‘A princess with two futures. A destiny all her own
Between her cruel family and the contempt she faces at court, Princess Alyrra has always longed to escape the confines of her royal life. But when she’s betrothed to the powerful prince Kestrin, Alyrra embarks on a journey to his land with little hope for a better future.
When a mysterious and terrifying sorceress robs Alyrra of both her identity and her role as princess, Alyrra seizes the opportunity to start a new life for herself as a goose girl.
But Alyrra soon finds that Kestrin is not what she expected. The more Alyrra learns of this new kingdom, the pain and suffering its people endure, as well as the danger facing Kestrin from the sorceress herself, the more she knows she can’t remain the goose girl forever.
With the fate of the kingdom at stake, Alyrra is caught between two worlds and ultimately must decide who she is, and what she stands for.’
Thorn is a loose retelling of the Goose Girl Fairytale and one that I enjoyed immensely. The story introduces the reader to Alyrra, who finds herself at the mercy of her cruel brother’s physical and verbal attacks, while her mother scorns her and quite contentedly ignores any harm that comes to her. To her mother, Alyrra’s only use is as a political pawn, and even then she cannot understand that anyone would truly want her, and between the mental games of her sibling and parent, she may be somewhat glad to be free of them, but has no expectation of finding anything more promising in being married off to a prince who hasn’t even visited to set eyes on her. On the journey to this new land, she is accompanied by a girl she has previously called out for theft, with instructions that she is to find her a husband. However, the girl, Valka, is not content with this, and has made a deal with a powerful sorceress to take Alyrra’s place, quite literally transforming herself into the princess and Alyrra into her.
Valka further conspires to have Alyrra fall further from grace and encourages the prince’s father to find her some work away from her, leaving her with the job of tending for the geese and cleaning out their lodgings. It’s a job that Alyrra doesn’t outright object to and slowly grows accustomed to, finding a sense of achievement in her daily life and finally making real connections with the people around her. Of this particular stretch of the narrative, I especially liked that it’s acknowledged that there’s a language barrier and that not everyone in the world speaks the same language. Alyrra has to make efforts to learn enough to communicate, and it’s through some miscommunications that she ends up being renamed Thorn. I love it when novels feature found family, and was pleased to read that this an experience that Alyrra/Thorn (Thorn from now on!) has, considering her horrific experiences with her own blood. She finds herself with people (with a couple of notable exceptions) who care for each other and do what they can to be supportive and ensure that everyone has what they need, which is everything that she’s been missing from her previous home life. She has to work much harder, but she appears to find satisfaction in it, and in finally getting to experience a world outside of life as royalty, she finally gets to see the disparity between the lives of the poor and that of the higher classes. Her suffering may have been of a different sort to theirs, yet this is one of the things that helps her to empathise with the plight of the poor and leads her to try and see to it that the children she meets get to have better lives and opportunities, which bodes well for what she would do if she truly had the power to change things.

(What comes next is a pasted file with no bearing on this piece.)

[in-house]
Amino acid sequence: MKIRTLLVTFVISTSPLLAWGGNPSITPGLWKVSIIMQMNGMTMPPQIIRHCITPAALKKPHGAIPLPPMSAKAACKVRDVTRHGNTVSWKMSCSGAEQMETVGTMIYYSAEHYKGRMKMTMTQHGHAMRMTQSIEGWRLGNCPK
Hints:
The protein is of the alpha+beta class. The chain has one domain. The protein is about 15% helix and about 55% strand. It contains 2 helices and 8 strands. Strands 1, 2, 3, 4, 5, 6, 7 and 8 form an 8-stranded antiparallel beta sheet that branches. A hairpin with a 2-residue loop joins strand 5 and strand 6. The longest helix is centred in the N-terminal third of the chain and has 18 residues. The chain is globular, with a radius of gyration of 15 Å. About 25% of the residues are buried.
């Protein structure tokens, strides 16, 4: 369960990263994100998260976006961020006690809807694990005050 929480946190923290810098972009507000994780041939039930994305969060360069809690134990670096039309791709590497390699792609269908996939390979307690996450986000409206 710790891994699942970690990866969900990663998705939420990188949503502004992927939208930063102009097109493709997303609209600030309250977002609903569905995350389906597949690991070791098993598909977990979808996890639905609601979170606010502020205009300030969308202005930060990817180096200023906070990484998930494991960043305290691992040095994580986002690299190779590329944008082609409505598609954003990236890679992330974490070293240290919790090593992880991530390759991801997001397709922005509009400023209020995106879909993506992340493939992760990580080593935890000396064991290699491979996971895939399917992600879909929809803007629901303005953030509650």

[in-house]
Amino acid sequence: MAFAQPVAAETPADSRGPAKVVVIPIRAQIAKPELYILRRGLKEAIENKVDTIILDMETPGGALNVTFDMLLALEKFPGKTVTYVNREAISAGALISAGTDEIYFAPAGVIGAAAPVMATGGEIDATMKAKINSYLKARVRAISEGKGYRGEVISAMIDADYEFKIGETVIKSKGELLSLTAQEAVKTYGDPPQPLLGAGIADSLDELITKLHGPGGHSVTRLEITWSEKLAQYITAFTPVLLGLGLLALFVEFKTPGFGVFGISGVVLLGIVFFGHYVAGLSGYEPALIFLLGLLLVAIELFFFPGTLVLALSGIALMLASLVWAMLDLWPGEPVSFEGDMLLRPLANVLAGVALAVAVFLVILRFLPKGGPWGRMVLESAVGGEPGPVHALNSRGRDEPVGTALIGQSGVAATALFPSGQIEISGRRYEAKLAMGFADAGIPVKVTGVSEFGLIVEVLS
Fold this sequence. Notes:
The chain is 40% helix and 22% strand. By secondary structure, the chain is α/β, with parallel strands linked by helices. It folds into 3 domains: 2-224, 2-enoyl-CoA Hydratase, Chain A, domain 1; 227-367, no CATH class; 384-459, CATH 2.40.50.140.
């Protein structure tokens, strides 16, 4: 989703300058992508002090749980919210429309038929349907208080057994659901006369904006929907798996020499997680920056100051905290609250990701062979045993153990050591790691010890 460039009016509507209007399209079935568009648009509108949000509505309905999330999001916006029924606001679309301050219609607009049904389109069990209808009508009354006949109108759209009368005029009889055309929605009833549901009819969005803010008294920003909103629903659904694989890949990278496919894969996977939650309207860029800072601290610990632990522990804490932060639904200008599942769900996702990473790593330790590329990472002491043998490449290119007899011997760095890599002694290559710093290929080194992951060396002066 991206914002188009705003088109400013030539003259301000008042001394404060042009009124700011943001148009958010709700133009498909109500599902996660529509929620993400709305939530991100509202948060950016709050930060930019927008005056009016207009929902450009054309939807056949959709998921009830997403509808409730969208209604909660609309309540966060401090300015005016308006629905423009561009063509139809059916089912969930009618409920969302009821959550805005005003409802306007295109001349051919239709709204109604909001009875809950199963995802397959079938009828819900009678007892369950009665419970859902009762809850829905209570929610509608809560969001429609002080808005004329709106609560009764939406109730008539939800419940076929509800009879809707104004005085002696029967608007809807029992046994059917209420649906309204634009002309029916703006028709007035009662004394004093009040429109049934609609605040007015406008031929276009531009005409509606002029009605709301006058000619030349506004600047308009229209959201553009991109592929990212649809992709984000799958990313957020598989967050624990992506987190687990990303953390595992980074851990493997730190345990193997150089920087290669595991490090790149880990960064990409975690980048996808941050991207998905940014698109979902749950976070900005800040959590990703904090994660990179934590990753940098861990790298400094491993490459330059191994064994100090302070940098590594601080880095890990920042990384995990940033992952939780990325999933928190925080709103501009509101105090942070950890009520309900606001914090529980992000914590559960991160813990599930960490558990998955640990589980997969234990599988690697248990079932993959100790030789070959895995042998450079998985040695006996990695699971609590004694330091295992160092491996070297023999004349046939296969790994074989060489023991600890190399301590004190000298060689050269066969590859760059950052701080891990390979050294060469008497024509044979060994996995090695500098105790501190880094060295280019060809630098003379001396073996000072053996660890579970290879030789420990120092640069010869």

I don’t want to discuss the more magical elements of the plot in too much detail, as they’re key to a lot of the reveals and I don’t want to spoil the story! What I will stick with saying is that I really loved how the different features of the Goose Girl story were woven into this retelling (and I adore a good, convincing retelling that still manages to be all its own tale). What I’ll say a little bit about instead is Thorn’s character development over the course of the novel because, in my opinion, this was one of the standout features of the book. At the opening of the story, it’s as if she’s crammed everything that she has the potential to be into a small corner of herself where it won’t be noticed and she can’t give anyone more reason to look her way and inflict harm. Taken away from those who would hurt her and introduced to the real world – and one where she doesn’t know the language or customs – she gradually gains the courage to stand up for what she believes in and become not who she could have been, but who she wants to be. In Thorn’s case, I think the unfamiliarity of the world around her and the language barrier work in her favour, for they force her to adapt and stop her from potentially falling back on old habits. I would very happily read more tales about Thorn and I hope this isn’t the last we see of her.
Thorn is out 24th March! Thank you to Hot Key Books for sending me a copy for review!